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Boss of My Panties
Author/Writer of Book/Novel:
I sell lingerie online, just tiny little scraps of lace.
I like to call myself an entrepreneur. Most of the kids I went to high school with went off to college, but I stayed behind and started my own business selling lingerie.
In this book you’ll find:
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Wow, did those red panties really just sell for five hundred dollars? I think to myself. For a moment, I stare at the listing, blinking slowly and waiting for the number to change. I expect a zero to vanish. After all, $50 seems a little more reasonable, all things considered. Let’s not forget that I’m selling panties.
My panties, no less.
I grab my pen, click it by pressing the butt against my thumb, and jot down a couple of notes.
Apparently, red panties yield even more money than black ones. Who would have known? But I guess it makes sense. Red has always been a scandalous color – the color of seduction. For whatever reason, it has the power to spark naughtiness in even the most innocent of characters.
With a grin on my face, I sip from my mug, enjoying the taste of Earl Gray tea sweetened with a hint of honey. Mmm, there’s nothing like a good cup of tea.
I lean back in my chair and close my eyes.
And to think, most of my high school classmates are probably wasting their summers going to the beach while here I am, tucked away in my home office, making over $10,000 a month. While they’re off at college spending money, I’ll be here raking in the cash.
You see, I’m an entrepreneur, first and foremost. And despite being young, I have business sense built into me – practically flowing through my blood.
Just a few months ago, I turned eighteen. Then, a few weeks later, I graduated from high school – valedictorian of my class. Most people were surprised to hear that I wasn’t going to some fancy Ivy League institution. I mean, I got into some great schools, but realistically, spending all of that money on a degree, getting into debt, and earning next to nothing upon graduation seemed like a worthless investment to make – if I could dare call it that.
So instead, I took the logical route and started my own business. I got the idea when I first ran across this website. Let’s just say I was perusing the darker side of the net. There, I found women’s underwear for sale, and not just the sexy kind, either. Everything. From thongs to granny panties. I kid you not.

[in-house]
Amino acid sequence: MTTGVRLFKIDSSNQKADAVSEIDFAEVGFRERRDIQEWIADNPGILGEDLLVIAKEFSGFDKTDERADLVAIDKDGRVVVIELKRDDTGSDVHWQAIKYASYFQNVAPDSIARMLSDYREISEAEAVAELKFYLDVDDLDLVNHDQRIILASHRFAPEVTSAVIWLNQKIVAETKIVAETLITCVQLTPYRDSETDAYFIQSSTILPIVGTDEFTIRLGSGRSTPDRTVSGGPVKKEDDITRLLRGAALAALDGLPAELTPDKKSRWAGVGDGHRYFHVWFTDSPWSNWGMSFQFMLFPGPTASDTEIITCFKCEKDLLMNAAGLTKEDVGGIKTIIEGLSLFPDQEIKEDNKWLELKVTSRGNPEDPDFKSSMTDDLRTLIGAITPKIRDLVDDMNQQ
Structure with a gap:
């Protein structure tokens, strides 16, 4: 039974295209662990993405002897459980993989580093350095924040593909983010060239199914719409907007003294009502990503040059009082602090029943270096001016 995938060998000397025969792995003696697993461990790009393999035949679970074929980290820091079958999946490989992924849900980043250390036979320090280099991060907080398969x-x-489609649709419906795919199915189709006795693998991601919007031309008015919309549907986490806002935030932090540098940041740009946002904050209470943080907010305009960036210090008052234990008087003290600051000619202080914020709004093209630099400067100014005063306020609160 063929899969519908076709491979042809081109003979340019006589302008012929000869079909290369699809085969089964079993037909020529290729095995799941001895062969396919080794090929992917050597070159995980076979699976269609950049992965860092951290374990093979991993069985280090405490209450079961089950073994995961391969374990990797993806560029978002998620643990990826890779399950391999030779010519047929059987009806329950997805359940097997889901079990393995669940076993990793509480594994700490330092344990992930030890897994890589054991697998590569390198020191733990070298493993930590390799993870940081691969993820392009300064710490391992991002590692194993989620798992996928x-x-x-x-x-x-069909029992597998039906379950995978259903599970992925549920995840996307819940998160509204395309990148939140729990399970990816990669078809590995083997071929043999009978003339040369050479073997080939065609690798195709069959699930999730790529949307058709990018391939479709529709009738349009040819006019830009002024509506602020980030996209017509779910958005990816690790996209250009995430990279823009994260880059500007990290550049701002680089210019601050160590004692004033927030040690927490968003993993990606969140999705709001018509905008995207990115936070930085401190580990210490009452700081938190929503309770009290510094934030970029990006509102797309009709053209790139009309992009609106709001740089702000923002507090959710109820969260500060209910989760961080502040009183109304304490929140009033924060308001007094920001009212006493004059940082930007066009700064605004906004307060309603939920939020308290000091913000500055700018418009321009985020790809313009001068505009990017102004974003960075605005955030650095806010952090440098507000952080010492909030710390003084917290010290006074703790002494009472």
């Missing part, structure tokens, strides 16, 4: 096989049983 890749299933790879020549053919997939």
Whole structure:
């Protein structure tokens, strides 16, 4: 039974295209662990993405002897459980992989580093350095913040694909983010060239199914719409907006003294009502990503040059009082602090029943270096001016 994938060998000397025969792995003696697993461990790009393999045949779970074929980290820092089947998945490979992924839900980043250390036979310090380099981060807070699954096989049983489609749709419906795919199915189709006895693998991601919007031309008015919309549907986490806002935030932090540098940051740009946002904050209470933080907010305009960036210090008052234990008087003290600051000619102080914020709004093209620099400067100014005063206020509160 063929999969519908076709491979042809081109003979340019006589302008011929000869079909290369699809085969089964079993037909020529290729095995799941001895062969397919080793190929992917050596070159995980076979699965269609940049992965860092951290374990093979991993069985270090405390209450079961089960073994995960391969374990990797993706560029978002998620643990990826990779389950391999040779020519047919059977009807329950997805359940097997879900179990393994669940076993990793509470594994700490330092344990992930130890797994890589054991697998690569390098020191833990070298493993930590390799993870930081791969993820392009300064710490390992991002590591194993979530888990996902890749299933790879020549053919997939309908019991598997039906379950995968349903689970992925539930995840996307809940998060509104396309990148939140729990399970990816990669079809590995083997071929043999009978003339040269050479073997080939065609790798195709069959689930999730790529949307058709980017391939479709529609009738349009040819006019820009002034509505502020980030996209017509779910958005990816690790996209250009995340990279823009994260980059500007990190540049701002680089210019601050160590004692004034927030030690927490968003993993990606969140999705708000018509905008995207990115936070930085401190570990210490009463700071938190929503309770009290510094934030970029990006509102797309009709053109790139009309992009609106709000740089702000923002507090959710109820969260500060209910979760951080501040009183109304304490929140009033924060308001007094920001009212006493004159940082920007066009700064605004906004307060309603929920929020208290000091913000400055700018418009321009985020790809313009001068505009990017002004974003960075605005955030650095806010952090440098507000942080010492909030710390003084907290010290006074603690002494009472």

Look it up.
Or better yet, look up my website: pantytime.com.
But in this line of work, it’s important to stay anonymous. After all, I sell my used panties for a living. Do you know how many creeps would come knocking at my door if they knew exactly who I am and where I live? Trust me, it’s always best to keep your identity a secret in a situation like this.
As a result, I’m going to be a teeny bit vague when talking about myself. I’m not proud of it, but I still bunk with my mom. She’s the only parent I’ve ever known. And yet, sometimes Meredith still feels like a stranger. Maybe it’s the fact that she’s a huge drunk. I mean, I can’t remember the last time she was sober. It’s that bad. Plus, she has this habit of using men. Every day, it’s a new dude splayed out on the couch, also wasted out of his mind.
Try living with that, especially in a small apartment.
There’s a reason why I locked myself in my room all the time growing up.
But the flip side of having a mom like mine is that she’s totally on board when you tell her about your panty-selling idea.
I still remember the conversation…
It was a couple of months before graduation. I came home from my shitty retail job and shuffled into the kitchen, looking for something to eat. Of course, the pantry was empty and the fridge too. My mother, tasked with buying groceries that week, had once again neglected her duty.
I sighed. With no other choice, I popped a couple of stale pieces of bread into the toaster and waited.
As I tapped my foot, Meredith stumbled into the kitchen holding a bottle of cognac by the neck. There was a self-satisfied smirk on her face; the same smirk that always appeared whenever she was tipsy.
“Hey, baby girl,” she cackled. “Want a sip?”
“Mom, I’m eighteen, remember?”
“I was drinking by the time I was sixteen,” she said airily.
“Maybe that’s why you have a problem,” I answered under my breath as I grabbed the step stool and snatched a jar of peanut butter from the top shelf – my hidden stash because if I didn’t hide it, my mother would devour it in a day’s time.
“Problem? I don’t have a problem!” she protested, her words slurring together.
“Sure, okay.” Slowly, I slathered the peanut butter on the slightly burned toast. “Anyway, I have something to tell you.”
“Oh?” Meredith slumped into a nearby chair, taking another swig of cognac. The bottle was nearly empty at this point, and it was only three in the afternoon.